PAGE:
July 19, 2022

There and Back Again: Labor Department Issues New Proposed Nondisplacement Regulation

Holland & Knight Alert
Eric S. Crusius | Timothy Taylor


  • The U.S. Department of Labor has released a proposed regulation to reinstitute a requirement that contractors provide offers of employment to workers covered by the Service Contract Labor Standards, unless the contractor can establish an exception.
  • The regulation would implement an executive order signed by President Joe Biden on Nov. 18, 2021, and comments on the rule will be accepted until Aug. 15, 2022.
  • It is estimated that when the final rule is incorporated, it will affect between 74,000 and 329,000 small businesses.

The U.S. Department of Labor (DOL) has released a proposed regulation that would reinstitute the requirement that contractors give offers of employment to workers covered by the Service Contract Labor Standards, also known as the Service Contract Act (SCA), unless the contractor can establish an exception. The regulation would implement Executive Order 14055, signed by President Joe Biden on Nov. 18, 2021. Comments on the rule are due Aug. 15, 2022. After DOL evaluates the comments, it anticipates issuing a final rule and the Federal Acquisition Council issuing a Federal Acquisition Regulation (FAR) clause incorporating the rule into solicitations and contracts. DOL estimates that 74,097 to 329,470 small businesses will be impacted by this rule.

These rules, known as the Nondisplacement of Qualified Workers rules, have followed an on-again, off-again pattern depending on the administration in power. They were first instituted during the Clinton Administration, then rescinded during the second Bush Administration. An expanded version was instituted again during the Obama Administration, then subsequently rescinded (again) by the Trump Administration. The newly proposed rules represent the Biden Administration's effort to again reinstate the nondisplacement requirement. There are, however, key differences from Obama-era rules that we will explore below.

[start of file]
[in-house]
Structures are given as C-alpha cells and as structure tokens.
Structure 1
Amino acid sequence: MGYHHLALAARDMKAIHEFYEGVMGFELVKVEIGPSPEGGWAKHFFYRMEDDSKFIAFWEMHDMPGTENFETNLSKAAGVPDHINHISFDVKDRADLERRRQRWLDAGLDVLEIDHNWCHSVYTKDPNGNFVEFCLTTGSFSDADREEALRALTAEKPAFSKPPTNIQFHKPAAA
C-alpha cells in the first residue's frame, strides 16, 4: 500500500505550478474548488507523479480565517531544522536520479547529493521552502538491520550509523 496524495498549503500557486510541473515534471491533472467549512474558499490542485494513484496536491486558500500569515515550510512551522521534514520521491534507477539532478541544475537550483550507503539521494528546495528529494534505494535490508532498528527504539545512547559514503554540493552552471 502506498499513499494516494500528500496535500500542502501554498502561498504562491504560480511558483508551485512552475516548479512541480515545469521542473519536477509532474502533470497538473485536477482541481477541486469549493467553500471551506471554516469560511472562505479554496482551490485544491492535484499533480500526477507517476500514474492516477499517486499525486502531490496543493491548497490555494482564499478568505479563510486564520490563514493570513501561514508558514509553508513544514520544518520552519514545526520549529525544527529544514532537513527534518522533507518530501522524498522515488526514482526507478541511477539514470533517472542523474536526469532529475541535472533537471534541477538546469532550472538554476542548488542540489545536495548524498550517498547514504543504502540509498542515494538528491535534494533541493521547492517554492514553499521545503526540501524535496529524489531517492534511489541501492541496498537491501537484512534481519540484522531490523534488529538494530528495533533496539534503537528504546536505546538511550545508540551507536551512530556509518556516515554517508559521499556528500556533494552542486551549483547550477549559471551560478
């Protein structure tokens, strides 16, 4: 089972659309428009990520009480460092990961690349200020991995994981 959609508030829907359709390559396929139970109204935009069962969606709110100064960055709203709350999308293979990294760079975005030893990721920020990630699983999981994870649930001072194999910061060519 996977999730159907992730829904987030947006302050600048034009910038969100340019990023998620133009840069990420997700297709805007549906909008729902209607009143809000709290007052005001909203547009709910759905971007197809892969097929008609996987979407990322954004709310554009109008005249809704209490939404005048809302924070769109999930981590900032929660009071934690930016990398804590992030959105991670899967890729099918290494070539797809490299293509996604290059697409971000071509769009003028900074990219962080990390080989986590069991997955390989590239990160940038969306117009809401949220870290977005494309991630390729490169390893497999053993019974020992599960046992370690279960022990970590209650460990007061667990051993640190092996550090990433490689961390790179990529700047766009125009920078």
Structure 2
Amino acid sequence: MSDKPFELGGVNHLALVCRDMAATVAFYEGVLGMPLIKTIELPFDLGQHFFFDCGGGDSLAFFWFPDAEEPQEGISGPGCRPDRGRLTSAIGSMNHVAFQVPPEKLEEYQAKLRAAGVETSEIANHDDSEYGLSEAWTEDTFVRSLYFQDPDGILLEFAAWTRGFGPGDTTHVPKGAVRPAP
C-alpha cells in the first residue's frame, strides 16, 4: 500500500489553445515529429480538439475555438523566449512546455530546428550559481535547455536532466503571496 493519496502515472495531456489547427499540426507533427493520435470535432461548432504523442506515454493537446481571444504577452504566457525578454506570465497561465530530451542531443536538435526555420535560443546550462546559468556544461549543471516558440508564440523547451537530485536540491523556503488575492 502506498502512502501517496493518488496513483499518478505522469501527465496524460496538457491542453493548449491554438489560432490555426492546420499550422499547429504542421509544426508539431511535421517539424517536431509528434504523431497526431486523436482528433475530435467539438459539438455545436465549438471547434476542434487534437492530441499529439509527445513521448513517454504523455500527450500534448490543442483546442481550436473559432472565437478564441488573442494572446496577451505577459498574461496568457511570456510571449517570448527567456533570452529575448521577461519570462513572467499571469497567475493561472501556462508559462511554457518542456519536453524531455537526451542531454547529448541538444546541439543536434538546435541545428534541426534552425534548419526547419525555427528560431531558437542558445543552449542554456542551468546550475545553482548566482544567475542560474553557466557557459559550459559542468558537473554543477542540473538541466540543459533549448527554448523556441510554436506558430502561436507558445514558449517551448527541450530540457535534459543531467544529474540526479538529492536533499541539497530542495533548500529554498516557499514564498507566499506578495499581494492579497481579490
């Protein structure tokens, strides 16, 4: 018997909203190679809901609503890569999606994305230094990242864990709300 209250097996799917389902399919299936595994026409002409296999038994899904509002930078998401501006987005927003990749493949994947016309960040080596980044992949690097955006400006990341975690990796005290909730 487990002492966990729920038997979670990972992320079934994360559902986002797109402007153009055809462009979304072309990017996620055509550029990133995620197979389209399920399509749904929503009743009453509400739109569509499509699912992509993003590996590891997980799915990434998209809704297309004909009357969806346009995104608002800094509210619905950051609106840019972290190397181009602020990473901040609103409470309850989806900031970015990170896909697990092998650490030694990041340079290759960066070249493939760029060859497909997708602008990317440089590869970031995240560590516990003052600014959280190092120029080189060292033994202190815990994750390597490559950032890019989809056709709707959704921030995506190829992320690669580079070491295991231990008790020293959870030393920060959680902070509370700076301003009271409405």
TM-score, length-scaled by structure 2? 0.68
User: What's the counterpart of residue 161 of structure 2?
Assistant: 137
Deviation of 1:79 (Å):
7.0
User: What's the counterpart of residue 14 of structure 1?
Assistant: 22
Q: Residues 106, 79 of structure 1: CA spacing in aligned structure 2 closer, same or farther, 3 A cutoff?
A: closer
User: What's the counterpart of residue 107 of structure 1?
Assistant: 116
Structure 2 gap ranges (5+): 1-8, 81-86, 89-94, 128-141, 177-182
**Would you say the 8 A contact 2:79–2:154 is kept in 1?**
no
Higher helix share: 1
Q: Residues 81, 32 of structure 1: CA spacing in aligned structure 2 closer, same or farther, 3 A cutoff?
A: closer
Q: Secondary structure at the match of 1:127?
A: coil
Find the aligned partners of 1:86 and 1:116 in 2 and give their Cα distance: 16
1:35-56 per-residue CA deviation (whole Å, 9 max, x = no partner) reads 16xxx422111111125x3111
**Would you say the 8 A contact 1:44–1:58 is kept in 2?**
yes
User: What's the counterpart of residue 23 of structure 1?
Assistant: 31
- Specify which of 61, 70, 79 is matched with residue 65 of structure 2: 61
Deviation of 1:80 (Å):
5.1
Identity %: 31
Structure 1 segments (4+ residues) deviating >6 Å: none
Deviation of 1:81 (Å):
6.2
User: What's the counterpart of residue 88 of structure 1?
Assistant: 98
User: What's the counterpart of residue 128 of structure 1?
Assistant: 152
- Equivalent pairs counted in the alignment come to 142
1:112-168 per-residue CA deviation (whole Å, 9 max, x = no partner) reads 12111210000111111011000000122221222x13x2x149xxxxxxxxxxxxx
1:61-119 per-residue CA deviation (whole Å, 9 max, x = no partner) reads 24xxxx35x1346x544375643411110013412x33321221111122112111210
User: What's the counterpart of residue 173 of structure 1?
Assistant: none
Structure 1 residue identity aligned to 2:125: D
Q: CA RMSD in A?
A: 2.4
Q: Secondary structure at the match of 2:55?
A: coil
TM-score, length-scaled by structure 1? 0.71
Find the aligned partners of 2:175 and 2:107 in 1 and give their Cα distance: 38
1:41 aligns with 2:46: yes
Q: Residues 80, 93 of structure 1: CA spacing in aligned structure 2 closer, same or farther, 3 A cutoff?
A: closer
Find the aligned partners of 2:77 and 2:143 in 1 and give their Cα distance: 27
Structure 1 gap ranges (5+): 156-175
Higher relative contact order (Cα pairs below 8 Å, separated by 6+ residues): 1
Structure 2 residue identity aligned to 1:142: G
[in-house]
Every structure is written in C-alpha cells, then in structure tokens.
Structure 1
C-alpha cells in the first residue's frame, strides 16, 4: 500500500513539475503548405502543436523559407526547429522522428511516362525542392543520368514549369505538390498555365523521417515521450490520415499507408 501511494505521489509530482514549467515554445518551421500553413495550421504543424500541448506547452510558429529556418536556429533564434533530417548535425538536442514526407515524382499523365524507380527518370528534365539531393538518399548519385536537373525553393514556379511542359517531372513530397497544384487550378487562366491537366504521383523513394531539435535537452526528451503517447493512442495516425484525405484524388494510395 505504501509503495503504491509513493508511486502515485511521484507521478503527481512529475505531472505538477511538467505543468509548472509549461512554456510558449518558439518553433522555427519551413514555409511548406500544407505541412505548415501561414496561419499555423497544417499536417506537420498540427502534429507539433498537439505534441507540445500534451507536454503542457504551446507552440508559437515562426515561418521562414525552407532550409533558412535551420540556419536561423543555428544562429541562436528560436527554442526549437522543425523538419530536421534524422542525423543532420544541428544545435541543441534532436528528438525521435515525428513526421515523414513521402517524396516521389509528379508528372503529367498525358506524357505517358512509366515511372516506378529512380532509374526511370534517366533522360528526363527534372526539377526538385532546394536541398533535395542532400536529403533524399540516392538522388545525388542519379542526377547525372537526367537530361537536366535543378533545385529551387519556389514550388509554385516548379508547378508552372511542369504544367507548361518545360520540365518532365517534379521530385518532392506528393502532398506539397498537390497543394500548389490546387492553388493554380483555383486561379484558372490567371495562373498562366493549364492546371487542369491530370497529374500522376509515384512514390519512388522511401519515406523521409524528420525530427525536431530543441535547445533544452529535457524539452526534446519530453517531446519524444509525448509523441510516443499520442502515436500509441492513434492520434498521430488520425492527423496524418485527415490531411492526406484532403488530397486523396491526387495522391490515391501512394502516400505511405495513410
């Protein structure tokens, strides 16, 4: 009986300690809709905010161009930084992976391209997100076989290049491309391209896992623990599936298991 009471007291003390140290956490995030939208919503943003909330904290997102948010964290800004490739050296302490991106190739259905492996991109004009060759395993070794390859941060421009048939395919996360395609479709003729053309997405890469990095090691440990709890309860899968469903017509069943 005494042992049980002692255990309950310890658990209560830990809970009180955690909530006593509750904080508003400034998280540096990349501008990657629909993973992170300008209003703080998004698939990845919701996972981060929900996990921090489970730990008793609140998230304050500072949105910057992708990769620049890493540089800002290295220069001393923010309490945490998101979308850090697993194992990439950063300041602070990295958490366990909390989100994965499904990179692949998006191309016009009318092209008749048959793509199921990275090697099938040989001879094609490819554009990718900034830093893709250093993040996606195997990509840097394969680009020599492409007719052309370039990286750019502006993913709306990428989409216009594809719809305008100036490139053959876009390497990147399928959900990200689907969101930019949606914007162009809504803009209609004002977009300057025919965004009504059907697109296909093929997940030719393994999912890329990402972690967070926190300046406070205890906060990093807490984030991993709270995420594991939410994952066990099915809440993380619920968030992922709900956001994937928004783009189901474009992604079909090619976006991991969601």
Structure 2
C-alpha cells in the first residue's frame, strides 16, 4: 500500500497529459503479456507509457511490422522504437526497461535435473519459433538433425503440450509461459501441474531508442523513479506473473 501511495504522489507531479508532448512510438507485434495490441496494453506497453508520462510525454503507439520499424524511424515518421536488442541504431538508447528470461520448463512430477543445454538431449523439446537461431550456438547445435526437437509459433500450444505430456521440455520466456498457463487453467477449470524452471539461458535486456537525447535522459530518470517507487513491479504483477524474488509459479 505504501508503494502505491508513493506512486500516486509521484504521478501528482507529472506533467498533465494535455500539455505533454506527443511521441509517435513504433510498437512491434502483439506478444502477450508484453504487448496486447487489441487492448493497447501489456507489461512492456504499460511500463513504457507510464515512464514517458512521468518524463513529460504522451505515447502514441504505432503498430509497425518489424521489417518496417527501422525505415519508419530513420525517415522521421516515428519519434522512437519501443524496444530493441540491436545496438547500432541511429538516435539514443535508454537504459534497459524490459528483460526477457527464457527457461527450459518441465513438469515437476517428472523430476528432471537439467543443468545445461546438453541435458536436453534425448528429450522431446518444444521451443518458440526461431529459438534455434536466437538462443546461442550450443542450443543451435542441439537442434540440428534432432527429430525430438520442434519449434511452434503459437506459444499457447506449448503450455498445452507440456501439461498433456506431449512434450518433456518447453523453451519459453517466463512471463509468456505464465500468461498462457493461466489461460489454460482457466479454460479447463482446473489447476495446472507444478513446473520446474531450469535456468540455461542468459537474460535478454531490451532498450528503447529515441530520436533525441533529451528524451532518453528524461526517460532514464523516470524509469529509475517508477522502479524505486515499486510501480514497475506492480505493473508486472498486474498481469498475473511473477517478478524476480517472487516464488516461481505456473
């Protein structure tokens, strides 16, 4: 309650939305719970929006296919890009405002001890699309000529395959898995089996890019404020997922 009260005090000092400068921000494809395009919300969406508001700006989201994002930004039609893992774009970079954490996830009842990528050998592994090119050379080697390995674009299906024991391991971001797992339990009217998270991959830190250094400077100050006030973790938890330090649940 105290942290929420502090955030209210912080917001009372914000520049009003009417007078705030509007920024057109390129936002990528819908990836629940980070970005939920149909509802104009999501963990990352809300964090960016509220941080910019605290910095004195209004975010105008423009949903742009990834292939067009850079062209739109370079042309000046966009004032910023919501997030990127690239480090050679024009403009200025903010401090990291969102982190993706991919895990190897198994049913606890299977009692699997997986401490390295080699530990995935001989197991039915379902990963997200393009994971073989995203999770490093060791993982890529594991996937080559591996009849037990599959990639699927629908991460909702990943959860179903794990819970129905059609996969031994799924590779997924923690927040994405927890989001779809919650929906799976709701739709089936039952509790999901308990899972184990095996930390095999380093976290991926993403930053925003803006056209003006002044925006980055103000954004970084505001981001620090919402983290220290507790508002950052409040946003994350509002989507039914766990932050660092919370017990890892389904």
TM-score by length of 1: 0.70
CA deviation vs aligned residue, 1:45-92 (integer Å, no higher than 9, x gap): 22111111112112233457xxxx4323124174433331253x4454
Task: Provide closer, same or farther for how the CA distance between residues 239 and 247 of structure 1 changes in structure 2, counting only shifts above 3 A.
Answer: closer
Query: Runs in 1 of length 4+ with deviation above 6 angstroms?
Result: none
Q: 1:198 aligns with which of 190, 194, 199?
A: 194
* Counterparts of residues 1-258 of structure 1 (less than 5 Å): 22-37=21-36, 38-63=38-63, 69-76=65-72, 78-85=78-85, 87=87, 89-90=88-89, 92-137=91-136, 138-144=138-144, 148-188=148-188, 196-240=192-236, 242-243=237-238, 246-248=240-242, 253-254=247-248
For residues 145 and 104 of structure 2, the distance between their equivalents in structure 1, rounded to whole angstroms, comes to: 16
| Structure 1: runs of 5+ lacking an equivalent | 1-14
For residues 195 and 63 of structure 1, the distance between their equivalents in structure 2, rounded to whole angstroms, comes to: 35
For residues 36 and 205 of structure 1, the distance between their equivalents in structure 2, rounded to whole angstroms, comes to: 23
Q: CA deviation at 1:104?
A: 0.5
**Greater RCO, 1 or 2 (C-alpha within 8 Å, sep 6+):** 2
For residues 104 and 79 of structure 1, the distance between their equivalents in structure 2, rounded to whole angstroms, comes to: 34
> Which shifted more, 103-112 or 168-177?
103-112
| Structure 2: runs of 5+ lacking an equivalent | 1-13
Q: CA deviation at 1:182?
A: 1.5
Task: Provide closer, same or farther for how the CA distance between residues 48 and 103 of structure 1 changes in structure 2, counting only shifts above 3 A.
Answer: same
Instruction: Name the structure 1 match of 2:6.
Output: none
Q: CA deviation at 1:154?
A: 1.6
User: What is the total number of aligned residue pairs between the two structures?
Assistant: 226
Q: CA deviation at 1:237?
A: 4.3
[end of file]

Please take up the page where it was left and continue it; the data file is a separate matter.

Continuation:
Basics of the New Proposed Rule

Under the proposed rule, contractors taking over a contract doing similar work at the same location from an incumbent contractor will be required to give offers of employment to the SCA-covered workforce, with some exceptions:

  • Timeline of the Requirements: The easiest way to understand this proposed rule is to examine each party's responsibility in a timeline.

First, the contracting agency must make a determination about whether to include the clause. Should the contracting agency determine that inclusion of the clause is appropriate, then it will be included in the solicitation. The contracting agency does have some discretion to waive application of the clause (or parts of it), but that decision must be made in writing based on reasons specified in the proposed rule, such as an emergency or because it would impair efficiency, and is subject to reporting requirements. If the contracting agency's reasoning centers on the rule being inconsistent with law, the contracting agency must consult with DOL in most circumstances. No matter the reasoning, the contracting agency's senior procurement executive must make the decision and report the decision on a public website and inform the U.S. Office of Management and Budget of all exemptions given at least quarterly. Interested parties may appeal this decision to the head of the contracting department or agency.

Second, assuming the applicability of the requirements, notice of the rule's applicability must be sent to the covered employees by the incumbent contractor.

Third, once the award has been made, if a new contractor will be incoming, the outgoing contractor must provide a list of incumbent covered employees 30 days before the contract ends and another list 10 days before if the employee pool changes.

Fourth, after the incumbent contractor takes over the contract, it must give bona fide offers of employment in accordance with the rule's requirements. While the offers of employment need not be for the same position, and offers do not have to be made to every employee if the new contractor plans to reduce staffing, contractors should take care to abide by the requirements when offering different positions or not tendering employment for all incumbent workers. For instance, if offers are not made to every worker and a position opens in the first 90 days of contract performance, the contractor must first go back to the pool of incumbent employees and make offers there before seeking outside candidates.